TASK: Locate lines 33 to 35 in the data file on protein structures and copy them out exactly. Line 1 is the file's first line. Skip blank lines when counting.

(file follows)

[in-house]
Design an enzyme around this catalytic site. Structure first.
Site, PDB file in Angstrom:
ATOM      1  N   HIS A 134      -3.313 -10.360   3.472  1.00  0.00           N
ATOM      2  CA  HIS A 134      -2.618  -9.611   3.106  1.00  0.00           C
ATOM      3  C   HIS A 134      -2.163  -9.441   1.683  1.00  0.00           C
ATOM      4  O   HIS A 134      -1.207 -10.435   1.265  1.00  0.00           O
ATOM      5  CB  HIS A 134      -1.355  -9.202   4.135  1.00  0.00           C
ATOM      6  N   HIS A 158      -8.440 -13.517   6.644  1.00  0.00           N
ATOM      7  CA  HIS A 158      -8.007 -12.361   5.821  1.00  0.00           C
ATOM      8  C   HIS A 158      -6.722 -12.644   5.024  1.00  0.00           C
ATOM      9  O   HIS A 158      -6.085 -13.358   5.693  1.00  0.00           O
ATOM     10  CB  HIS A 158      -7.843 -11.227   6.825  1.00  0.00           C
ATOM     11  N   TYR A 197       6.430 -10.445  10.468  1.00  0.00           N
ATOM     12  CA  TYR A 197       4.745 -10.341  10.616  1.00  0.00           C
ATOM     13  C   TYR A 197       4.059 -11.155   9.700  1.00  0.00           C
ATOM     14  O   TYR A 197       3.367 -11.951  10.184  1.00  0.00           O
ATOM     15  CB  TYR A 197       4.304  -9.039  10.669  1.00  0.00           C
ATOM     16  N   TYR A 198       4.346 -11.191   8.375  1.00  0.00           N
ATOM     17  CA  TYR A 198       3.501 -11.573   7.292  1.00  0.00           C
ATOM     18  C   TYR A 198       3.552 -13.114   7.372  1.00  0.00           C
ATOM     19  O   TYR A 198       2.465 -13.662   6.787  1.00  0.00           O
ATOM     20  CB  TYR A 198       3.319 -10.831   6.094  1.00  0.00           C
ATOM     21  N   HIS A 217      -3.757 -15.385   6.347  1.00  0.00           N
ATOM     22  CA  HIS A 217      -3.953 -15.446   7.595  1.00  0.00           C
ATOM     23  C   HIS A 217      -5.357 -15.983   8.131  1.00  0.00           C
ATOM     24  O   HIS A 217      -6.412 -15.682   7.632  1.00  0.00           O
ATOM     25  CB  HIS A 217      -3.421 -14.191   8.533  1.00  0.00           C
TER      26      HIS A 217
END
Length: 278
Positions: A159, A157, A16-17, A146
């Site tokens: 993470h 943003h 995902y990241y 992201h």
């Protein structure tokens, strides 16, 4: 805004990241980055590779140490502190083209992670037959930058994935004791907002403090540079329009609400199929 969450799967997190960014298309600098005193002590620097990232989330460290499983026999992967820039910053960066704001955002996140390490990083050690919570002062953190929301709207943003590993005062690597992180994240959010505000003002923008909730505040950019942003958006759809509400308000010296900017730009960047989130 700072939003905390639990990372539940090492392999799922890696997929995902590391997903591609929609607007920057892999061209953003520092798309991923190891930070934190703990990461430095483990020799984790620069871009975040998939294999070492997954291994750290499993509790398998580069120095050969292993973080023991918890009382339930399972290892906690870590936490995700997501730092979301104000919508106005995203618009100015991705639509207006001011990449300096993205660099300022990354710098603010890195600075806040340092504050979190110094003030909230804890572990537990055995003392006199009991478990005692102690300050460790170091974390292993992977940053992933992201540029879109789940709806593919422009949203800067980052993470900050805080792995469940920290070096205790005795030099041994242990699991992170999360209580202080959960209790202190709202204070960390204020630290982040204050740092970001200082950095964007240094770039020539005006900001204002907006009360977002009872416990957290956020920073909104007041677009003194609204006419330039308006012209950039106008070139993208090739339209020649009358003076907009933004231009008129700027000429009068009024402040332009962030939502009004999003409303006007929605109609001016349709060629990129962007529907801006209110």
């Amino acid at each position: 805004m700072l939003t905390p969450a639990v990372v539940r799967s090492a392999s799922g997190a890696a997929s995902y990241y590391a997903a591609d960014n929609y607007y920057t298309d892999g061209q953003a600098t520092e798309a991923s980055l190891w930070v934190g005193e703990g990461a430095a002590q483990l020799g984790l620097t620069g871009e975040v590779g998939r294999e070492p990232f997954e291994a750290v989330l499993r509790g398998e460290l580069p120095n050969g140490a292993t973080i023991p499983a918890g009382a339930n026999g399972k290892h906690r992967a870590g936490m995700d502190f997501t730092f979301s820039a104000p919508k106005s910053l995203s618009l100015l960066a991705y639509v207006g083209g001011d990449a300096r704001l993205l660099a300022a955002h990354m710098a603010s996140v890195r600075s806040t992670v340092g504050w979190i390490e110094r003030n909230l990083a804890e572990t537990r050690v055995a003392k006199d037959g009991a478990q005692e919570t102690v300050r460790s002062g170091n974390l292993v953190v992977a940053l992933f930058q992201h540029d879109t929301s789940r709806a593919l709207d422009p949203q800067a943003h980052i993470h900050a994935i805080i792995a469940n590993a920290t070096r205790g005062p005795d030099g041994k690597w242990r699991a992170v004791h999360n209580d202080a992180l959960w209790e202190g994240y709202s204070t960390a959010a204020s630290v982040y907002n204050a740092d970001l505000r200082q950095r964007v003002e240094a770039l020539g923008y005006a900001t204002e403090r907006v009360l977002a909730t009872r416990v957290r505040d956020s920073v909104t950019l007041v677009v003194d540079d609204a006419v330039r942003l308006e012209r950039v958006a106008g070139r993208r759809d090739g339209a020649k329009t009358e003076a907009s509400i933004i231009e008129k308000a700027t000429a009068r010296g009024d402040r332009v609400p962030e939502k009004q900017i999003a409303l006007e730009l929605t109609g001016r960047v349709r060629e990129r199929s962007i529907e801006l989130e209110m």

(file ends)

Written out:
């Site tokens: 993470h 943003h 995902y990241y 992201h």
């Protein structure tokens, strides 16, 4: 805004990241980055590779140490502190083209992670037959930058994935004791907002403090540079329009609400199929 969450799967997190960014298309600098005193002590620097990232989330460290499983026999992967820039910053960066704001955002996140390490990083050690919570002062953190929301709207943003590993005062690597992180994240959010505000003002923008909730505040950019942003958006759809509400308000010296900017730009960047989130 700072939003905390639990990372539940090492392999799922890696997929995902590391997903591609929609607007920057892999061209953003520092798309991923190891930070934190703990990461430095483990020799984790620069871009975040998939294999070492997954291994750290499993509790398998580069120095050969292993973080023991918890009382339930399972290892906690870590936490995700997501730092979301104000919508106005995203618009100015991705639509207006001011990449300096993205660099300022990354710098603010890195600075806040340092504050979190110094003030909230804890572990537990055995003392006199009991478990005692102690300050460790170091974390292993992977940053992933992201540029879109789940709806593919422009949203800067980052993470900050805080792995469940920290070096205790005795030099041994242990699991992170999360209580202080959960209790202190709202204070960390204020630290982040204050740092970001200082950095964007240094770039020539005006900001204002907006009360977002009872416990957290956020920073909104007041677009003194609204006419330039308006012209950039106008070139993208090739339209020649009358003076907009933004231009008129700027000429009068009024402040332009962030939502009004999003409303006007929605109609001016349709060629990129962007529907801006209110």
């Amino acid at each position: 805004m700072l939003t905390p969450a639990v990372v539940r799967s090492a392999s799922g997190a890696a997929s995902y990241y590391a997903a591609d960014n929609y607007y920057t298309d892999g061209q953003a600098t520092e798309a991923s980055l190891w930070v934190g005193e703990g990461a430095a002590q483990l020799g984790l620097t620069g871009e975040v590779g998939r294999e070492p990232f997954e291994a750290v989330l499993r509790g398998e460290l580069p120095n050969g140490a292993t973080i023991p499983a918890g009382a339930n026999g399972k290892h906690r992967a870590g936490m995700d502190f997501t730092f979301s820039a104000p919508k106005s910053l995203s618009l100015l960066a991705y639509v207006g083209g001011d990449a300096r704001l993205l660099a300022a955002h990354m710098a603010s996140v890195r600075s806040t992670v340092g504050w979190i390490e110094r003030n909230l990083a804890e572990t537990r050690v055995a003392k006199d037959g009991a478990q005692e919570t102690v300050r460790s002062g170091n974390l292993v953190v992977a940053l992933f930058q992201h540029d879109t929301s789940r709806a593919l709207d422009p949203q800067a943003h980052i993470h900050a994935i805080i792995a469940n590993a920290t070096r205790g005062p005795d030099g041994k690597w242990r699991a992170v004791h999360n209580d202080a992180l959960w209790e202190g994240y709202s204070t960390a959010a204020s630290v982040y907002n204050a740092d970001l505000r200082q950095r964007v003002e240094a770039l020539g923008y005006a900001t204002e403090r907006v009360l977002a909730t009872r416990v957290r505040d956020s920073v909104t950019l007041v677009v003194d540079d609204a006419v330039r942003l308006e012209r950039v958006a106008g070139r993208r759809d090739g339209a020649k329009t009358e003076a907009s509400i933004i231009e008129k308000a700027t000429a009068r010296g009024d402040r332009v609400p962030e939502k009004q900017i999003a409303l006007e730009l929605t109609g001016r960047v349709r060629e990129r199929s962007i529907e801006l989130e209110m």